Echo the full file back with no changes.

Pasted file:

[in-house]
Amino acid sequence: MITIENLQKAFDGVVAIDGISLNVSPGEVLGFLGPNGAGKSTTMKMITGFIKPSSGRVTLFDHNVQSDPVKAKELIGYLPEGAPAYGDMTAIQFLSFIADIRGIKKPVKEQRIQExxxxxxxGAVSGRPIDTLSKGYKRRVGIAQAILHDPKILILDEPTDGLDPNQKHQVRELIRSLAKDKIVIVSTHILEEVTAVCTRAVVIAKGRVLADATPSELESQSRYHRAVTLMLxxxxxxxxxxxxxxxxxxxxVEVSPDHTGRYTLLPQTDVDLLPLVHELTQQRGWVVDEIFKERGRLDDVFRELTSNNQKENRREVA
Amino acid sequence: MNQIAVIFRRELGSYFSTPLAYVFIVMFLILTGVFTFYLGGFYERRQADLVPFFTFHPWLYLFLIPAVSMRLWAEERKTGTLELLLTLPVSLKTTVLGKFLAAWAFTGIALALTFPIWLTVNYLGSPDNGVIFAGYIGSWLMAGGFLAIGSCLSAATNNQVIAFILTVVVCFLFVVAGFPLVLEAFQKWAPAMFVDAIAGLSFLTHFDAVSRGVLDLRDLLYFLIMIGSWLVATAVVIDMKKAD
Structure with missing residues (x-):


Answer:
[in-house]
Amino acid sequence: MITIENLQKAFDGVVAIDGISLNVSPGEVLGFLGPNGAGKSTTMKMITGFIKPSSGRVTLFDHNVQSDPVKAKELIGYLPEGAPAYGDMTAIQFLSFIADIRGIKKPVKEQRIQExxxxxxxGAVSGRPIDTLSKGYKRRVGIAQAILHDPKILILDEPTDGLDPNQKHQVRELIRSLAKDKIVIVSTHILEEVTAVCTRAVVIAKGRVLADATPSELESQSRYHRAVTLMLxxxxxxxxxxxxxxxxxxxxVEVSPDHTGRYTLLPQTDVDLLPLVHELTQQRGWVVDEIFKERGRLDDVFRELTSNNQKENRREVA
Amino acid sequence: MNQIAVIFRRELGSYFSTPLAYVFIVMFLILTGVFTFYLGGFYERRQADLVPFFTFHPWLYLFLIPAVSMRLWAEERKTGTLELLLTLPVSLKTTVLGKFLAAWAFTGIALALTFPIWLTVNYLGSPDNGVIFAGYIGSWLMAGGFLAIGSCLSAATNNQVIAFILTVVVCFLFVVAGFPLVLEAFQKWAPAMFVDAIAGLSFLTHFDAVSRGVLDLRDLLYFLIMIGSWLVATAVVIDMKKAD
Structure with missing residues (x-):